The Newbery Medal was named for eighteenth-century British bookseller John Newbery. It is awarded annually by the Association for Library Service to Children, a division of the American Library Association, to the author of the most distinguished contribution to American literature for children.
2014 Newberry Medal Award Winner: Holy unanticipated occurrences! A cynic meets an unlikely superhero in a
genre-breaking new novel by master storyteller Kate DiCamillo. It
begins, as the best superhero stories do, with a tragic accident that
has unexpected consequences. The squirrel never saw the vacuum cleaner
coming, but self-described cynic Flora Belle Buckman, who has read every
issue of the comic book "Terrible Things Can Happen to You!, " is the
just the right person to step in and save him. What neither can predict
is that Ulysses (the squirrel) has been born anew, with powers of
strength, flight, and misspelled poetry -- and that Flora will be
changed too, as she discovers the possibility of hope and the promise of
a capacious heart. From #1" New York Times" best-selling author Kate
DiCamillo comes a laugh-out-loud story filled with eccentric, endearing
characters and featuring an exciting new format -- a novel interspersed
with comic-style graphic sequences and full-page illustrations, all
rendered in black-and-white by up-and-coming artist K. G. Campbell.
2013 Newberry Medal Award Winner: Ivan is an easygoing gorilla. Living at the Exit 8 Big Top Mall and
Video Arcade, he has grown accustomed to humans watching him through the
glass walls of his domain. He rarely misses his life in the jungle. In
fact, he hardly ever thinks about it at all. Instead, Ivan
thinks about TV shows he's seen and about his friends Stella, an elderly
elephant, and Bob, a stray dog. But mostly Ivan thinks about art and
how to capture the taste of a mango or the sound of leaves with color
and a well-placed line. Then he meets Ruby, a baby elephant
taken from her family, and she makes Ivan see their home--and his own
art--through new eyes. When Ruby arrives, change comes with her, and
it's up to Ivan to make it a change for the better. Katherine
Applegate blends humor and poignancy to create Ivan's unforgettable
first-person narration in a story of friendship, art, and hope.
2012 Newberry Medal Award Winner
Melding the entirely true and the wildly fictional, "Dead End in Norvelt "is a novel about an incredible two months for a kid named Jack Gantos, whose plans for vacation excitement are shot down when he is "grounded for life" by his feuding parents, and whose nose spews bad blood at every little shock he gets. But plenty of excitement (and shocks) are coming Jack's way once his mom loans him out to help a fiesty old neighbor with a most unusual chore--typewriting obituaries filled with stories about the people who founded his utopian town. As one obituary leads to another, Jack is launced on a strange adventure involving molten wax, Eleanor Roosevelt, twisted promises, a homemade airplane, Girl Scout cookies, a man on a trike, a dancing plague, voices from the past, Hells Angels . . . and possibly murder. Endlessly surprising, this sly, sharp-edged narrative is the author at his very best, making readers laugh out loud at the most unexpected things in a dead-funny depiction of growing up in a slightly off-kilter place where the past is present, the present is confusing, and the future is completely up in the air.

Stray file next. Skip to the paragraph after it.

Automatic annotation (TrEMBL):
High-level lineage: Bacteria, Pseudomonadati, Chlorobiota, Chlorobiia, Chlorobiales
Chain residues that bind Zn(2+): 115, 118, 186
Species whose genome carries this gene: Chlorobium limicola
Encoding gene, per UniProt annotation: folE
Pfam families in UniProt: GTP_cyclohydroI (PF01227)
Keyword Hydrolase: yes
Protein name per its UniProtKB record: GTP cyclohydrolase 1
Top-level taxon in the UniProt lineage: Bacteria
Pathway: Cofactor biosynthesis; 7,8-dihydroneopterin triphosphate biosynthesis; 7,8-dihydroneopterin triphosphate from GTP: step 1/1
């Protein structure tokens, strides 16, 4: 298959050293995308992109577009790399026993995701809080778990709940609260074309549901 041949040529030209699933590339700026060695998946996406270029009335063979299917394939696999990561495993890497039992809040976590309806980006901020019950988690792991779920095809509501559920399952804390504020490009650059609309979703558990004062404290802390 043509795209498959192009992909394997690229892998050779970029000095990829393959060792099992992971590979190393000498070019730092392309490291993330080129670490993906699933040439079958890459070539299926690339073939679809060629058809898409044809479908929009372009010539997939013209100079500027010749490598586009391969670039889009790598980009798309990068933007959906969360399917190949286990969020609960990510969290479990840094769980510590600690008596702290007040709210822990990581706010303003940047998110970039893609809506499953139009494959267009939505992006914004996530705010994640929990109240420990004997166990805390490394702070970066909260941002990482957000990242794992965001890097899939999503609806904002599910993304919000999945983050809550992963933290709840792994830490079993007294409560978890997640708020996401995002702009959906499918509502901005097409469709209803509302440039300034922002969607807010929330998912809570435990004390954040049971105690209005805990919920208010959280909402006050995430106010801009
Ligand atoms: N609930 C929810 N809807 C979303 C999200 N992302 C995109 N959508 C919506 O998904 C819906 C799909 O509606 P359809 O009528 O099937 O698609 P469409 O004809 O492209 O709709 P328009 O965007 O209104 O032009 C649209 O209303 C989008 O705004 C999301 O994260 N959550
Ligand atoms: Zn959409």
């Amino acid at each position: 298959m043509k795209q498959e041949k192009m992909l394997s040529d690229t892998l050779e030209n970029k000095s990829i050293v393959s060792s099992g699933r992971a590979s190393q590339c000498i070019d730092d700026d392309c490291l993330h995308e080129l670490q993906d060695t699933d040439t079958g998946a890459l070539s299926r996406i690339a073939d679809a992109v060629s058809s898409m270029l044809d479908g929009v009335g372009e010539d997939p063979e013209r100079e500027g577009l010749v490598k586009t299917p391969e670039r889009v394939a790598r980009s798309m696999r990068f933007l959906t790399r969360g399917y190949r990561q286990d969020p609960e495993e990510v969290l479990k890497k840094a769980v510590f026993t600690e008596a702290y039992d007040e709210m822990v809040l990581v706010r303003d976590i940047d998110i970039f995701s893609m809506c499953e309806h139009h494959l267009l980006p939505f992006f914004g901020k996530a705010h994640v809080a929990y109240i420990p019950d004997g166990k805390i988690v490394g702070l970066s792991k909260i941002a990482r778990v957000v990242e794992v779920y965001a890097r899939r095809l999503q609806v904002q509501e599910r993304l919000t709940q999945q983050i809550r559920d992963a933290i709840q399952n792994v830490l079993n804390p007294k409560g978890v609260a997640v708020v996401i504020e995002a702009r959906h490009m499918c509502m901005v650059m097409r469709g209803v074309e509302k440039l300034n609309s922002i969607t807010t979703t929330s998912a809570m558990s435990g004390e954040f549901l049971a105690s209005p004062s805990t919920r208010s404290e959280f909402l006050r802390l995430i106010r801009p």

2011 Newberry Medal Award Winner: The movement of the train rocked me like a lullaby. I closed my eyes to the dusty countryside and imagined the sign I'd seen only in Gideon's stories: Manifest--A Town with a rich past and a bright future.
Abilene Tucker feels abandoned. Her father has put her on a train, sending her off to live with an old friend for the summer while he works a railroad job. Armed only with a few possessions and her list of universals, Abilene jumps off the train in Manifest, Kansas, aiming to learn about the boy her father once was.
Having heard stories about Manifest, Abilene is disappointed to find that it's just a dried-up, worn-out old town. But her disappointment quickly turns to excitement when she discovers a hidden cigar box full of mementos, including some old letters that mention a spy known as the Rattler. These mysterious letters send Abilene and her new friends, Lettie and Ruthanne, on an honest-to-goodness spy hunt, even though they are warned to "Leave Well Enough Alone."
Abilene throws all caution aside when she heads down the mysterious Path to Perdition to pay a debt to the reclusive Miss Sadie, a diviner who only tells stories from the past. It seems that Manifest's history is full of colorful and shadowy characters--and long-held secrets. The more Abilene hears, the more determined she is to learn just what role her father played in that history. And as Manifest's secrets are laid bare one by one, Abilene begins to weave her own story into the fabric of the town.
Powerful in its simplicity and rich in historical detail, Clare Vanderpool's debut is a gripping story of loss and redemption.
2010 Newberry Medal Award Winner